Dan has already noticed he’s really tall. He doesn’t want to try out for the Lakers. He also probably doesn’t especially like being called Daniel Boone or Dan the Man. People usually love hearing their own name, as Dale Carnegie famously told us 80 years ago now, but stick to the version they use themselves.

There is just so little to gain by making light of people’s names or bodies, and so many ways it can annoy, bore or hurt people. Somehow it’s still really common. Few of us like having these two extremely personal things evaluated or made into a topic of conversation. Just don’t go there, as a rule.  Read More

Post image for Fear is your mind at its dumbest

If you’re a normal person, you probably suffer about a hundred times as much from fearing bad outcomes as you do from the ones that do happen to come true.

And it’s unlikely that the sleepless night spent fearing a bombed job interview served as useful experience for when it did happen. It probably made it worse, and maybe even caused it to happen in the first place.

You probably didn’t notice that the 99 other things you feared that day never became real. If you had a ledger for all the fears in your life, and on the left you wrote down the what you feared would happen, and on the right you wrote down what actually happened, anybody reading it would laugh.

There are no real outcomes anyway. We worry so much about “ending up” in a particular bad way. But even the fears that do (more or less) come true have no finality about them, they’re just a new place from which to work for now. For all you know this new place sits on a better path than the result you had hoped for.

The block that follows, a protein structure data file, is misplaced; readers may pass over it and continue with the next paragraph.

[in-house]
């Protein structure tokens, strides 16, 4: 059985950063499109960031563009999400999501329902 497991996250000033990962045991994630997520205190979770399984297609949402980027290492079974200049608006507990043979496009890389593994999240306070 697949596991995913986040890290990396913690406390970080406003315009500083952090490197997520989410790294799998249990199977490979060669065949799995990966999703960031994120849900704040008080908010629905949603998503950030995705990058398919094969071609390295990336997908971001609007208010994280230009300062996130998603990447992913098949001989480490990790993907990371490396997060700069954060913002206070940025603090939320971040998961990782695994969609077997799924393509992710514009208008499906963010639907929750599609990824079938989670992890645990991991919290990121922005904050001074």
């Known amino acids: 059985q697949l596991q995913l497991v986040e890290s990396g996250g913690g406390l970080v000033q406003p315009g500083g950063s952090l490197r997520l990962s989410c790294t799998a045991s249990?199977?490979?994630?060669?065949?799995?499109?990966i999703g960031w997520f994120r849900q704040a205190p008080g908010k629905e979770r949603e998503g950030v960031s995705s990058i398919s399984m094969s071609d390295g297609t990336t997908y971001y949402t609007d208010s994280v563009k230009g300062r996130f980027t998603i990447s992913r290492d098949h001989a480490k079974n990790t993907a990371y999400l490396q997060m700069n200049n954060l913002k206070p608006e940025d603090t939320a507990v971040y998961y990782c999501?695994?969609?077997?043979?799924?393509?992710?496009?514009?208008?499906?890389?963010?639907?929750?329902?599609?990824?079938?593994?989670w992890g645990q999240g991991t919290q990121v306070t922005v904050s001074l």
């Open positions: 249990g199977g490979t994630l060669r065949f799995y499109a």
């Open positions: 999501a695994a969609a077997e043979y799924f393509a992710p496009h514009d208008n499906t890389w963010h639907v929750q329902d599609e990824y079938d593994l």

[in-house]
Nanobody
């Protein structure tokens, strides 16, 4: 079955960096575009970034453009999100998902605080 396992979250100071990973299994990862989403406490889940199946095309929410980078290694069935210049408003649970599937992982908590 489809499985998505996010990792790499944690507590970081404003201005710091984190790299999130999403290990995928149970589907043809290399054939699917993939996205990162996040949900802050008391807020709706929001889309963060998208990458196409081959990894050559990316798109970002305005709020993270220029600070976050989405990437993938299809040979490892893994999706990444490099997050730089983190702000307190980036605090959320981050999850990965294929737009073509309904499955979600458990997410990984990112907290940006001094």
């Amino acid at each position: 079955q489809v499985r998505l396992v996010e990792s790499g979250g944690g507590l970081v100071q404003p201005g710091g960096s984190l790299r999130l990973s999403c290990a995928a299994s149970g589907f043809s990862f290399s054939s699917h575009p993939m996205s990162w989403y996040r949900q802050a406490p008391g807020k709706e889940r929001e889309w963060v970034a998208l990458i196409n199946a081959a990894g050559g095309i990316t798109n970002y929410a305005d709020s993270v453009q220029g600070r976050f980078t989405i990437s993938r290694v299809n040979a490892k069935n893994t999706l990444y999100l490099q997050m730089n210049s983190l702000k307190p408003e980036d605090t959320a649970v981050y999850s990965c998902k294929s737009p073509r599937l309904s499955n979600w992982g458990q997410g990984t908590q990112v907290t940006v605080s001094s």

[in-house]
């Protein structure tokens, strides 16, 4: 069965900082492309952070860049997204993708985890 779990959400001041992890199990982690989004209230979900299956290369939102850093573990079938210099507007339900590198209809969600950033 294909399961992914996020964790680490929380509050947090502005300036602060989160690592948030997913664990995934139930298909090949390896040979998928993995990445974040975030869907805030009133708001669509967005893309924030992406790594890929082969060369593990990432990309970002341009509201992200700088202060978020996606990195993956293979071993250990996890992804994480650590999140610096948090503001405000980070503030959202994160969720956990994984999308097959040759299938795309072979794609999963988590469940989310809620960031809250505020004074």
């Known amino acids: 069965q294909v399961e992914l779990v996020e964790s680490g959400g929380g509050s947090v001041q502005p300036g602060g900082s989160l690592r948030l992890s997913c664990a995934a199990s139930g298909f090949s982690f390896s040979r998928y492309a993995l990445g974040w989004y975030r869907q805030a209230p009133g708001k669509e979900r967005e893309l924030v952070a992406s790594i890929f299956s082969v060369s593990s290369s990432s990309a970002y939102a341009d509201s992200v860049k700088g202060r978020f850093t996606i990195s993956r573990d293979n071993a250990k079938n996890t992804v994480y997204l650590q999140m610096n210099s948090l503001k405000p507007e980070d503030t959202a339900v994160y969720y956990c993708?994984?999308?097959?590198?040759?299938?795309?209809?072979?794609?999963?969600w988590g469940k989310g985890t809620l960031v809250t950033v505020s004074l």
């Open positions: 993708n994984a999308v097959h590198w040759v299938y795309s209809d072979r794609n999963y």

Was sadness and disappointment the final, permanent outcome of your rejected novel? Was it the end of happiness in your life? The “outcome” of any particular endeavor is just another middle chapter, just another starting point for something else. There’s nothing damning about the middle of any story, and unless you’re dead, you’re in the middle. (So I guess there is one true outcome, but there’s no uncertainty about whether it will happen, and it has the virtue of ending all your worries anyway.)

Everyone has a past riddled with bombed exams, awkward job interviews, bad dates, lost wallets, and birthdays with low turnouts, and few of those fears-come-true continue to cripple us today. Mostly they consist of an awful few minutes followed by an ordinary bad mood, maybe an inconvenient new errand to complete or a new parameter to work under, and some unpleasant rumination later on, if you choose to bother with that.

Of course, most of the unpleasant developments in life are the ones it didn’t occur to you to worry about anyway. They “blindside you at 4pm on an idle Tuesday,” as Mary Schmich put it in her famous column-turned-book. (The one about wearing sunscreen.)

When you decide you’ll walk into your moments of truth — your project launches, race days and blind dates — with an unconditional willingness to see what happens, fear doesn’t have much to do.

For some reason we interpret the presence of fear as a trustworthy reason to be tentative, to delay our arrival at a result. This gives fear time to make the unhappiest possibilities bigger in our minds, seemingly more worthy of respect. Yet fear is your mind at its dumbest and least articulate. All it knows how to do is shout “Get away!”  Read More

Post image for Two ways of viewing the world